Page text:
For almost a year and half, we’ve been intermittently inundated with excess commentary on the shooting of Florida teenager Travyvon Martin by Neighborhood Watch vigilante George Zimmerman.

From an outsider’s viewpoint and also from the perspective of a European journalist, the American media’s role in the judicial proceedings of the case has seemed to be both invasive and hysterical at times, calling on the opinions of commentators and with little to no knowledge of the finer points of the case or legal expertise.z

Perspectives have been thrown around (and continue to do so) not based on factual and dicerning of truth and credibility but moreso on pre-existing ideals and sociological standpoints and the US media have enabled this by regocnizing continued reporting on the shooting of Trayvon Martin can give a large number of people an opportunity to identify their own personal standpoints by taking either one side or the other in the trial of George Zimmerman.

Some of the relevent questions that have arisen:

1) Should the Zimmerman trial and the shooting of Trayvon Martin have been strictly portrayed as a racial conflict by the media? Or should focus have been put on other social or legislative elements too?

2) Did the lack of expert voices commenting on proceedings since February 26th 2012 lead the story down the path of sensationalism as opposed to putting a focus on legitimate criminal justice?

3) Are Americans happy to forego having an effective and contained criminal justice system in favour of having a circus-like media platform where the symbolism in a story is more important than the cold hard facts of an unfolding news event?

4) Should the media commentary have been geared to talk more about gun legislation than racial stereotyping and left the details of the case to be processed in a closed court of law?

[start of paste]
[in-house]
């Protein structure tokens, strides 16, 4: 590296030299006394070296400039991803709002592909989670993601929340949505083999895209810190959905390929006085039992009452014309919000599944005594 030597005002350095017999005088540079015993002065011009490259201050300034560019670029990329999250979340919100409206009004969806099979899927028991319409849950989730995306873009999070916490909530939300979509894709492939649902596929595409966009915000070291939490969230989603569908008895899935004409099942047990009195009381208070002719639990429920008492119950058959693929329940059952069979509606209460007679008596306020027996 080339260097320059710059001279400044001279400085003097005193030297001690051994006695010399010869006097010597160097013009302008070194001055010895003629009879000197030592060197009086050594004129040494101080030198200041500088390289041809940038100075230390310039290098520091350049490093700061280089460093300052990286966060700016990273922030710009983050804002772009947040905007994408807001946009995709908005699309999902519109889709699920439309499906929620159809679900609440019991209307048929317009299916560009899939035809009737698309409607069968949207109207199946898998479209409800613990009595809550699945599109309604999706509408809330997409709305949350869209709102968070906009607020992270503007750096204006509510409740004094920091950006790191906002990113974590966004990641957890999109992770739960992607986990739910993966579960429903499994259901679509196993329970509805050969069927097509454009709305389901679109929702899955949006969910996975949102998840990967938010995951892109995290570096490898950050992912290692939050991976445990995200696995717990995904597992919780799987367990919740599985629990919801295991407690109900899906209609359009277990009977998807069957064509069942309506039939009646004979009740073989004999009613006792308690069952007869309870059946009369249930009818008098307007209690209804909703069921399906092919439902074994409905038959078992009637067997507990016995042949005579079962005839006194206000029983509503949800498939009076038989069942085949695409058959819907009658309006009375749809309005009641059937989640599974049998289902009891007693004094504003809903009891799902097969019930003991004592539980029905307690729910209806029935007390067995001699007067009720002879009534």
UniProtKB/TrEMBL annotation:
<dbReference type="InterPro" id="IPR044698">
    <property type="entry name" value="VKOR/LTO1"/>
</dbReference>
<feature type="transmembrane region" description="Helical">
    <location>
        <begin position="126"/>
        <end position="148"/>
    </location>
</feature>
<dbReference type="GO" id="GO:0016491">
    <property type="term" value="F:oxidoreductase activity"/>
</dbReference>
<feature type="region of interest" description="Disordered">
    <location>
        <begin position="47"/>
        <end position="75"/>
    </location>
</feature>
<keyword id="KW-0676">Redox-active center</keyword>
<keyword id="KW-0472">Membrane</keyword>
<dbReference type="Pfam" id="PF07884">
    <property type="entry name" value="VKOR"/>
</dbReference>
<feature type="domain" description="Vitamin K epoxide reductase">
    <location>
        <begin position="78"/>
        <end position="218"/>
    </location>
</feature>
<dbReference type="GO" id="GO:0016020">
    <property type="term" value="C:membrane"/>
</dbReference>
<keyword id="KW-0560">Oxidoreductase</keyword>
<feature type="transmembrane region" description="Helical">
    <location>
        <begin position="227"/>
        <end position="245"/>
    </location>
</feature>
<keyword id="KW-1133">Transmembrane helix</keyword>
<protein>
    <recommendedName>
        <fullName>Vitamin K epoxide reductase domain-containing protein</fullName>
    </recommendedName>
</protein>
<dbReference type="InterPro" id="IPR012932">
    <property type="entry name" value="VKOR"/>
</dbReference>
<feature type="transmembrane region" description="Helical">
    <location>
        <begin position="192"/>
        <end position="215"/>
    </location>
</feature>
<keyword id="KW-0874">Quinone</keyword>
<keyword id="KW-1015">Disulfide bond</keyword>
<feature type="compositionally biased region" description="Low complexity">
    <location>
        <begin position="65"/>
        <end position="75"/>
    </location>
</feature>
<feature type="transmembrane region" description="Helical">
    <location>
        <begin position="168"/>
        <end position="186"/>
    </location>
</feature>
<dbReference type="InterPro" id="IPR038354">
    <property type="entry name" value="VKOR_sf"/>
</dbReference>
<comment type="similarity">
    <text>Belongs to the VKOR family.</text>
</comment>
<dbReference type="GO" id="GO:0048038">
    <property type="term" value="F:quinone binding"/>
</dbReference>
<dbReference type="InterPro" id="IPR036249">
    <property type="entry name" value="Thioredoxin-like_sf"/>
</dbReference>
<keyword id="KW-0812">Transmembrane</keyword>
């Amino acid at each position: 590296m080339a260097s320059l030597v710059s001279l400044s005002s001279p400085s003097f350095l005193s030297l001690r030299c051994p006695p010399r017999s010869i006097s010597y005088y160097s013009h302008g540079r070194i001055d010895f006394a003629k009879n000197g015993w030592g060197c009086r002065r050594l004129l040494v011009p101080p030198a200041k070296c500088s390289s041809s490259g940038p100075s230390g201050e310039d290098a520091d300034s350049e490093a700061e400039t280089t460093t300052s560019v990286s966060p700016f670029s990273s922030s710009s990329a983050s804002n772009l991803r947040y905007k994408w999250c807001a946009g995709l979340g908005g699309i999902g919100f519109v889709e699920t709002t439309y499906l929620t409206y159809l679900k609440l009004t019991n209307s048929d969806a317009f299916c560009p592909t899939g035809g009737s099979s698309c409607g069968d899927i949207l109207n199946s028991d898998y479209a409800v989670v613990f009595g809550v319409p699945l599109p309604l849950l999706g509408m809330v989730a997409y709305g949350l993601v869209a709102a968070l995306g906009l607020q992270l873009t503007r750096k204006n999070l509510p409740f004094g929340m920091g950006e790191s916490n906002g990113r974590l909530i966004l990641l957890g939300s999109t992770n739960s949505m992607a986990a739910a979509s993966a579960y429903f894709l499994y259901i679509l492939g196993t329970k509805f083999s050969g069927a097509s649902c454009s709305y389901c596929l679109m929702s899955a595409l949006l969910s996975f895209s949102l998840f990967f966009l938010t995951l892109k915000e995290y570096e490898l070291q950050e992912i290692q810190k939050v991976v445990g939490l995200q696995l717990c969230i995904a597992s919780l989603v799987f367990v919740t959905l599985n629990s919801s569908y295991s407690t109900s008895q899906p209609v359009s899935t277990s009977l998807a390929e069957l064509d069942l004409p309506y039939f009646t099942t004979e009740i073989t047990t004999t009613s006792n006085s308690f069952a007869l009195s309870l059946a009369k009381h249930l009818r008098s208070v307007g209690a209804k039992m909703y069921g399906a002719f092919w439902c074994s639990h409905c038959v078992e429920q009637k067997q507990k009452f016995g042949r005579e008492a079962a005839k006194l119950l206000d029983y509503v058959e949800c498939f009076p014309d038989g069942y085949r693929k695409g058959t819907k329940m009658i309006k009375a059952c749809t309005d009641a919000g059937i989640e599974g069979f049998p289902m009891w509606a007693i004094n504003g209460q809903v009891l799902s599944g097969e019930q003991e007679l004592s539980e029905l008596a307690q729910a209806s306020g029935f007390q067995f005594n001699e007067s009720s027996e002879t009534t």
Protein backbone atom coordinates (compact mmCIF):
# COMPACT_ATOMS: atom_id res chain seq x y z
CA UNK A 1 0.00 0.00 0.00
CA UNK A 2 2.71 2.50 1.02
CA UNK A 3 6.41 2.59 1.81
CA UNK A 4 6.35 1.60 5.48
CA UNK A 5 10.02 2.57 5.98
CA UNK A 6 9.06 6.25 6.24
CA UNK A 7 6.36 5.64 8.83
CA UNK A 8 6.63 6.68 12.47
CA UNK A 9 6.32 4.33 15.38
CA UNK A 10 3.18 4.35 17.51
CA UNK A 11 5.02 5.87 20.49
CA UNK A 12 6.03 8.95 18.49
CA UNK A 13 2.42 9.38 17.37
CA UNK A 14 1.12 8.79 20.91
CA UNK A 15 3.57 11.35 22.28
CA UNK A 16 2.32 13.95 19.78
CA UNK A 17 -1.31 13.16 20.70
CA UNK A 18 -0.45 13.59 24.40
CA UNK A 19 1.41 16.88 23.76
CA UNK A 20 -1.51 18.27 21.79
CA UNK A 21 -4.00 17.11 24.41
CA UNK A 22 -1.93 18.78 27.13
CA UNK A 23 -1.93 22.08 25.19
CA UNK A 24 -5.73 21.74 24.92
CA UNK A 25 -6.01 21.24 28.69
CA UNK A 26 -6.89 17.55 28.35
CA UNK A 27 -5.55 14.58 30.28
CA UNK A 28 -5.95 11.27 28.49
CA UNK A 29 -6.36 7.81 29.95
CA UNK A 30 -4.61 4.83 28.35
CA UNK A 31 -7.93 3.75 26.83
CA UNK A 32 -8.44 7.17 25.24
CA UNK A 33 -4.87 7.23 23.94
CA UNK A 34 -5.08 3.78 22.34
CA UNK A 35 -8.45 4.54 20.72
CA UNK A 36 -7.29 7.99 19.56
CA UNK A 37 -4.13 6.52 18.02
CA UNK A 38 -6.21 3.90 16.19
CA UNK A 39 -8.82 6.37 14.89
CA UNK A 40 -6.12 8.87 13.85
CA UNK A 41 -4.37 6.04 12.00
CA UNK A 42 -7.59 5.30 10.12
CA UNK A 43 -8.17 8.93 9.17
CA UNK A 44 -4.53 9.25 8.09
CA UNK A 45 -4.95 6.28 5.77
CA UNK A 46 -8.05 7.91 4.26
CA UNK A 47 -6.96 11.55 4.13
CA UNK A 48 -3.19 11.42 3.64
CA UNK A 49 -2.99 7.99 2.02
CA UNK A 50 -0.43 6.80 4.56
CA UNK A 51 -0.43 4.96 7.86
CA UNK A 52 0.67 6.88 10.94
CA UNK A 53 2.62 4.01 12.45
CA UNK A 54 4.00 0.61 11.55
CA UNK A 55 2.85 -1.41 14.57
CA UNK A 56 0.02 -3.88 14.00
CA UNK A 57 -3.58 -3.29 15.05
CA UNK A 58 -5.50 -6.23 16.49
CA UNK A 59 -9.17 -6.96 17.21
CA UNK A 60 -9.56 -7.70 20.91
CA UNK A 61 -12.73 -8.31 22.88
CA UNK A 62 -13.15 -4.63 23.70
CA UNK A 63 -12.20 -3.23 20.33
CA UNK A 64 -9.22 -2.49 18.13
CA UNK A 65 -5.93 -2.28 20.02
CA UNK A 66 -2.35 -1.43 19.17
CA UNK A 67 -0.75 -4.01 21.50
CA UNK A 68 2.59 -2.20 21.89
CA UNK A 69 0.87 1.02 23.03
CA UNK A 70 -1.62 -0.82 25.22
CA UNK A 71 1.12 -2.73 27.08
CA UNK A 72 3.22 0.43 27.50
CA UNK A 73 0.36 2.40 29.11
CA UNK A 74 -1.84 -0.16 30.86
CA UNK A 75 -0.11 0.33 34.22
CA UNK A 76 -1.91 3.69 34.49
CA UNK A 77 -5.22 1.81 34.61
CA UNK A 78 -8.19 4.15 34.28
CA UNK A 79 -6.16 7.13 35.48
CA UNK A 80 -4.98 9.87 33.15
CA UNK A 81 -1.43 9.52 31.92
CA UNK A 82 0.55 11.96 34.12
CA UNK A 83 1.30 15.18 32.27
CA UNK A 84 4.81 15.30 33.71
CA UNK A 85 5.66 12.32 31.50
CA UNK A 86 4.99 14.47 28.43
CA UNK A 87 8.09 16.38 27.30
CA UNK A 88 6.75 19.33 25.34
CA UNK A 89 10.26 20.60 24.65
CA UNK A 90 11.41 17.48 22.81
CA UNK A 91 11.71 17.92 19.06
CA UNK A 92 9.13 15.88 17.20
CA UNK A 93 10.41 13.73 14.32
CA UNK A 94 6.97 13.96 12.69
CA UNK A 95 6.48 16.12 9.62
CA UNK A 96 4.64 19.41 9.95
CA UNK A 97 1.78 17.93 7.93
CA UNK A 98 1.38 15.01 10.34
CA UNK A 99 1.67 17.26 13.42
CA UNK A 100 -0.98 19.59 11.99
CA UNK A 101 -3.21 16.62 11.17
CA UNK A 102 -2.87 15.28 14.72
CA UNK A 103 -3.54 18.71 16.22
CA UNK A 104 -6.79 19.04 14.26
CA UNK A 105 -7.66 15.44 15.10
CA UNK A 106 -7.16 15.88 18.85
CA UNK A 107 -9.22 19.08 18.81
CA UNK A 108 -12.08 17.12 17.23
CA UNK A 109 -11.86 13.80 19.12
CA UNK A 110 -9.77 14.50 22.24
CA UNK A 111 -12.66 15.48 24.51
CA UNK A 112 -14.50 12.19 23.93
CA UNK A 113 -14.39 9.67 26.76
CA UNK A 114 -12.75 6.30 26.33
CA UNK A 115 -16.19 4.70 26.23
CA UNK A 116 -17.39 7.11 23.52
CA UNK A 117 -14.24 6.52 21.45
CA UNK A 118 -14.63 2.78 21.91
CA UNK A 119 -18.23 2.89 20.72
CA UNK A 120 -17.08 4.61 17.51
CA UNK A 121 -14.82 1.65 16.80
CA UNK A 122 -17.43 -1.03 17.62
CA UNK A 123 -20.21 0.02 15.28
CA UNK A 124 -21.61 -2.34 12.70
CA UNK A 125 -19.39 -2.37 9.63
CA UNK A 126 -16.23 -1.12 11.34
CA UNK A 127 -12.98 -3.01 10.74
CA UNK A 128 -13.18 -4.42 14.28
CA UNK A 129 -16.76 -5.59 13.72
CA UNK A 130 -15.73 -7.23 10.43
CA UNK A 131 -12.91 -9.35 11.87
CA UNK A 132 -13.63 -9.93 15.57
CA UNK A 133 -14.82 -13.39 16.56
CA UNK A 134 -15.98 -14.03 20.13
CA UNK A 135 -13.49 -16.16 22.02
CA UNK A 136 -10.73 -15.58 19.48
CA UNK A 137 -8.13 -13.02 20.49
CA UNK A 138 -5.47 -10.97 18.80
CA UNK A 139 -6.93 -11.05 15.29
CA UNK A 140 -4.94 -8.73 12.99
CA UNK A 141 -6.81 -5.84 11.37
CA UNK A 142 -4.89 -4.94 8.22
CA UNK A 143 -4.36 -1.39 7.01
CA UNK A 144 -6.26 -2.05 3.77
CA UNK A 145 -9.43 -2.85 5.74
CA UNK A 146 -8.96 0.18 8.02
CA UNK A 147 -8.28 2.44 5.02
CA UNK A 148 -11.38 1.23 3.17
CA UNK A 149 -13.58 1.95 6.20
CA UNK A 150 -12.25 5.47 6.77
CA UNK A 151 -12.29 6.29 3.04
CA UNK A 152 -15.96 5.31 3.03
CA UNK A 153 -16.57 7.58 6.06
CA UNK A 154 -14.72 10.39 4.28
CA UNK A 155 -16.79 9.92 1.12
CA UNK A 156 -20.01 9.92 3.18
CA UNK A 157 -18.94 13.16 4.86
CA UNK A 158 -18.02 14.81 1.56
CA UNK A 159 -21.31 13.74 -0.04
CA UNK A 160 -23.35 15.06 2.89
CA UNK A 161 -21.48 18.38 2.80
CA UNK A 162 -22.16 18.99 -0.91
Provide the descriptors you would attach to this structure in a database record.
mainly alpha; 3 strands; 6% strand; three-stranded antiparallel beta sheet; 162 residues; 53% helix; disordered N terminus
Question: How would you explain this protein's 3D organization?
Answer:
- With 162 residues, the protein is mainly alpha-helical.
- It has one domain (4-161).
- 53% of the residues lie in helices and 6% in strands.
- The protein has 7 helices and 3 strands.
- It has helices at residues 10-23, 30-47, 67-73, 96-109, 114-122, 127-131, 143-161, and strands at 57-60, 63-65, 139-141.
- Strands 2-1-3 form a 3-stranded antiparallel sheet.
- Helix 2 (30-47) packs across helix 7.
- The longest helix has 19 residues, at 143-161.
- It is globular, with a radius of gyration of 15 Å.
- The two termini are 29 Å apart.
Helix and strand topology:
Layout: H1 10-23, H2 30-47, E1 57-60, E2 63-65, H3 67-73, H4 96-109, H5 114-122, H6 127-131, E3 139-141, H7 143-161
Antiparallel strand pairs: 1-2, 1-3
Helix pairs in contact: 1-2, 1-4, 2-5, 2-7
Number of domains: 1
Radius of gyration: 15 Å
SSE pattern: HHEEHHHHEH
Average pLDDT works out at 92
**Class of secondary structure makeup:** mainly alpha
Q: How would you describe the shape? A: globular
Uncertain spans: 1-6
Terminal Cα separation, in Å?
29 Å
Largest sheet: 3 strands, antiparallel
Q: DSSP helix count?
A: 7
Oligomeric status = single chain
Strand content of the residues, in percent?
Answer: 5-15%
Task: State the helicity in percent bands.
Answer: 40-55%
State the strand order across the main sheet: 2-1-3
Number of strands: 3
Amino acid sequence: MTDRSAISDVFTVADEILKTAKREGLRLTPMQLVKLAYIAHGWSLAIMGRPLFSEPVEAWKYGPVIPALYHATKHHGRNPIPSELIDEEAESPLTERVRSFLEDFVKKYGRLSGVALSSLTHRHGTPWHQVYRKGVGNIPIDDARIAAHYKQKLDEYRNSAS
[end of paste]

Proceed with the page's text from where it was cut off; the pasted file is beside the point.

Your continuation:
5) What is it about this case that has caused such indignation and outrage in many Americans and sparked the possibility of race riots? Has it been an active intention of the media to martyrize one singular story to underline points of conflict in the general populace?

6) Why hasn’t the story of Marissa Alexander gained the same amount of trajectory of the Zimmerman trial? She has been in a Florida jail since 2010 awaiting a mandatory sentence of 20 years in prison for aggravated assault with a deadly weapon. Because it doesn’t stir conflict and is not a black and white issue, so to speak, The Stand Your Ground law was applied to acquit Zimmerman where it wasn’t considered relevant in the case of Alexander, who simply fired warning shots and didn’t kill anyone- namely an abusive former partner who had been directly threatening her at the time of the incident.

 Zimmerman may be officially not guilty. But Florida is. You can certainly blame the state’s laws for Trayvon Martin’s death and the national media for failing to instigate intelligent and expert discourse on the lead up to the case’s outcome.

Who write this article?

Marianne Petit is a blogger and freelance journalist from Toulouse, France. She likes to write about arts and culture, world politics and media convergence. She is a former student at Paris Institute of Political Science.